U.S. District Judge Lorna Schofield dismissed the case on
Wednesday, citing a settlement in principle between the parties,
court records showed.
Neither Macy's nor the city would provide further information on
Thursday as details had not been finalized.
Brown sued the department store and the city in November, saying
that after purchasing a $1,300 gold Movado watch for his mother
as a graduation present last June, he was detained and
handcuffed by three men he believed to be police officers.
The controversy surrounding his arrest and those of other black
shoppers with similar complaints last year sparked debate about
racial stereotyping and prejudice.
The practice was coined "shop and frisk" in a twist on the
controversial policing practice of "stop and frisk."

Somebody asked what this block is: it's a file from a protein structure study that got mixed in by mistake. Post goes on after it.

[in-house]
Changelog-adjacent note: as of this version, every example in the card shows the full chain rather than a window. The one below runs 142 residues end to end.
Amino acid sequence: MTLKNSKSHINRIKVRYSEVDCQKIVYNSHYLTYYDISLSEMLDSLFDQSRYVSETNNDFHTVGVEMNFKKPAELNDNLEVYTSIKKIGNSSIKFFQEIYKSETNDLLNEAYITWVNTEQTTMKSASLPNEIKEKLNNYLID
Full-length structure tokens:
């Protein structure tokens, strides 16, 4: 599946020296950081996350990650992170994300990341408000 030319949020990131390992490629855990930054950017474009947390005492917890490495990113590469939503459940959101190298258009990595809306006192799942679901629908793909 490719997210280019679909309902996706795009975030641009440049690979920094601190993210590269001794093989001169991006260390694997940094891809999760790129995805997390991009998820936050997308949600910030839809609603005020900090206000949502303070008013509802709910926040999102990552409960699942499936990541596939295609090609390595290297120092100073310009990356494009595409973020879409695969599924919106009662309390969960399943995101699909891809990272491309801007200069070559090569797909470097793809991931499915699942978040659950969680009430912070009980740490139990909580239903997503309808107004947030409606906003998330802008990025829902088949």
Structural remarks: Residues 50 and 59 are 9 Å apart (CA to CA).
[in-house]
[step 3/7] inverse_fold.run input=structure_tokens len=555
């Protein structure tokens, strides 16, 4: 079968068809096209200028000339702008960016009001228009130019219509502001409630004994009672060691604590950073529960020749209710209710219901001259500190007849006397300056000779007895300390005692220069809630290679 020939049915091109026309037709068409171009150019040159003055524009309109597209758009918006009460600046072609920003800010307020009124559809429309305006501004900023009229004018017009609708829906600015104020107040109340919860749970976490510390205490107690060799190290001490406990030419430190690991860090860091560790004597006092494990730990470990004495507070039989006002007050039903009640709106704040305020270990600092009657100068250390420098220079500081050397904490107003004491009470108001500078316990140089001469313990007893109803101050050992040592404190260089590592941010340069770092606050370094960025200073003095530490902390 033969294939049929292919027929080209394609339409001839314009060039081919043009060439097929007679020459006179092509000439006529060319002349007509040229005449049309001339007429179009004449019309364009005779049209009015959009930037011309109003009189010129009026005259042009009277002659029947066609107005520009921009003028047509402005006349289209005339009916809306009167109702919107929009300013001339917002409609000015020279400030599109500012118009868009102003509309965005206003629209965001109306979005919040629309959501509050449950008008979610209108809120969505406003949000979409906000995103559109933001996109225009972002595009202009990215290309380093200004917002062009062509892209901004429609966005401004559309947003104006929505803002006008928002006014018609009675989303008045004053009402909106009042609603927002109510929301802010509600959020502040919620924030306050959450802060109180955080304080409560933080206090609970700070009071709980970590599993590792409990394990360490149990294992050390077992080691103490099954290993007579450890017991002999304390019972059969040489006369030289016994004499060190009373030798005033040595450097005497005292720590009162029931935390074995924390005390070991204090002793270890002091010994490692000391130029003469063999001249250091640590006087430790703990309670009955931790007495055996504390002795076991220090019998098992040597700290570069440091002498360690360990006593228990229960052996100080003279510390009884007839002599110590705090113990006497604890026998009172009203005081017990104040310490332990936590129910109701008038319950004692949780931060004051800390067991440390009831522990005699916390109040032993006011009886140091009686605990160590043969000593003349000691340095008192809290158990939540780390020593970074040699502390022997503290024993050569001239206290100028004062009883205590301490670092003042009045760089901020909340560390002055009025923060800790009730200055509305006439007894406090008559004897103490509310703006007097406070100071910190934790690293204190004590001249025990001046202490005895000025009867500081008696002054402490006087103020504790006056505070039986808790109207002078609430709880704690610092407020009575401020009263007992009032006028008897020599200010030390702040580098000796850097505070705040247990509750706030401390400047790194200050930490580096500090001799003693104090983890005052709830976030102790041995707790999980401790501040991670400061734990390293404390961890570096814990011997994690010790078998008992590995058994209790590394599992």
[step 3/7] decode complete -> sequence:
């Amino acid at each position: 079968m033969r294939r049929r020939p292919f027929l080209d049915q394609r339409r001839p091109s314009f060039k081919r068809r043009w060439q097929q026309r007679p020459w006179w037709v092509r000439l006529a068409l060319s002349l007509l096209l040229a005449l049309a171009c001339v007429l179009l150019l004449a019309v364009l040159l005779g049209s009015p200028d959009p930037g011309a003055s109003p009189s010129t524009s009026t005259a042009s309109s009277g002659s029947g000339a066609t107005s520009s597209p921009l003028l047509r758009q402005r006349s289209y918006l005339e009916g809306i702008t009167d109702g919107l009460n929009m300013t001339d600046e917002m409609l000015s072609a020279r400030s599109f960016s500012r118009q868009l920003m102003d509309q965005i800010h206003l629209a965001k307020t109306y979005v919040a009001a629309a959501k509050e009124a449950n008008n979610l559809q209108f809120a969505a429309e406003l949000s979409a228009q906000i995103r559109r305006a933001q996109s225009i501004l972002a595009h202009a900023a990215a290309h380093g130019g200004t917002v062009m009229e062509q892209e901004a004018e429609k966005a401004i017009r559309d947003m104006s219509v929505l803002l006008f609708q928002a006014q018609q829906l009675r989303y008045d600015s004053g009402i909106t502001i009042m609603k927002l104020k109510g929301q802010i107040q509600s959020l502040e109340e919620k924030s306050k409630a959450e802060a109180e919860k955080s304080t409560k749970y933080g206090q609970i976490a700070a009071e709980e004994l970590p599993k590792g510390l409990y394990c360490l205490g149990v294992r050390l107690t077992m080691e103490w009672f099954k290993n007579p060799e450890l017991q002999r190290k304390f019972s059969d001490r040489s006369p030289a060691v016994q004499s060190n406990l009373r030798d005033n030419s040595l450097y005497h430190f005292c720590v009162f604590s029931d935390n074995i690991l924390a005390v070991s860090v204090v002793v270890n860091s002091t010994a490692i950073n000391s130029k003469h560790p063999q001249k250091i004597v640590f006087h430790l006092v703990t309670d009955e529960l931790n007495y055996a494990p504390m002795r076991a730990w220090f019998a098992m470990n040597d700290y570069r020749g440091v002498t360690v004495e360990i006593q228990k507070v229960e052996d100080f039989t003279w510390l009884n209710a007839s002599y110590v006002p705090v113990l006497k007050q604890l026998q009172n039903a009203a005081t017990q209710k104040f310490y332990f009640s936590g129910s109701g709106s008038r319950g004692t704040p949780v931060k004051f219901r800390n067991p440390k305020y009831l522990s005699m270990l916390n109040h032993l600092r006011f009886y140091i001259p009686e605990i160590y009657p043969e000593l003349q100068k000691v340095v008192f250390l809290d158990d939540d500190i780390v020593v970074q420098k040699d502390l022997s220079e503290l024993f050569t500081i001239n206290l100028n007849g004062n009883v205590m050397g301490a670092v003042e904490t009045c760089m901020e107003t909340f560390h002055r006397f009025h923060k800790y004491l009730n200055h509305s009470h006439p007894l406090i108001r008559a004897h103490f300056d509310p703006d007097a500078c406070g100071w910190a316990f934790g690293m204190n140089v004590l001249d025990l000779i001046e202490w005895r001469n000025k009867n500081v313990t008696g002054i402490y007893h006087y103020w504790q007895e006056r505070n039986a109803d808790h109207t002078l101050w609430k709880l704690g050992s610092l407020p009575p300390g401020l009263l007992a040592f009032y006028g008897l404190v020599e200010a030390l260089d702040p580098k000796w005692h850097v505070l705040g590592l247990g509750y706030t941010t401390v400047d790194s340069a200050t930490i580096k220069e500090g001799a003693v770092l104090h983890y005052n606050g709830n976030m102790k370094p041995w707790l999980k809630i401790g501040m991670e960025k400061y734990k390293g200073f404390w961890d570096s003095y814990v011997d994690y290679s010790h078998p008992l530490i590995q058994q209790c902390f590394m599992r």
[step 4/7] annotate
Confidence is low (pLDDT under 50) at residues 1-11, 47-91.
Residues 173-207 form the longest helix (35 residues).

Macy's said it would also be settling other lawsuits alleging
racial profiling. At a hearing on Monday in Brown’s case, a
lawyer for the company said there were two cases pending in
state court and a third in federal court.
"Our company strictly prohibits discrimination of any kind and
has zero tolerance for racial profiling," Macy's said in a
Brown alleged in his complaint that the men, who he believed
were working at the request of Macy's staff, accused him of
committing credit card fraud and paraded him through the store
before placing him in a detainment cell where they mocked him
for roughly an hour.
When they learned he was a well-known actor, they changed their
tune and offered to provide him a police escort to his mother's
college graduation, the complaint said.
The state attorney general launched an investigation into
security practices at Macy's and Barneys, another retailer where
black shoppers lodged similar complaints.
Brown sued for false imprisonment, assault and battery,
negligent hiring and civil rights violations and was seeking
unspecified money damages.
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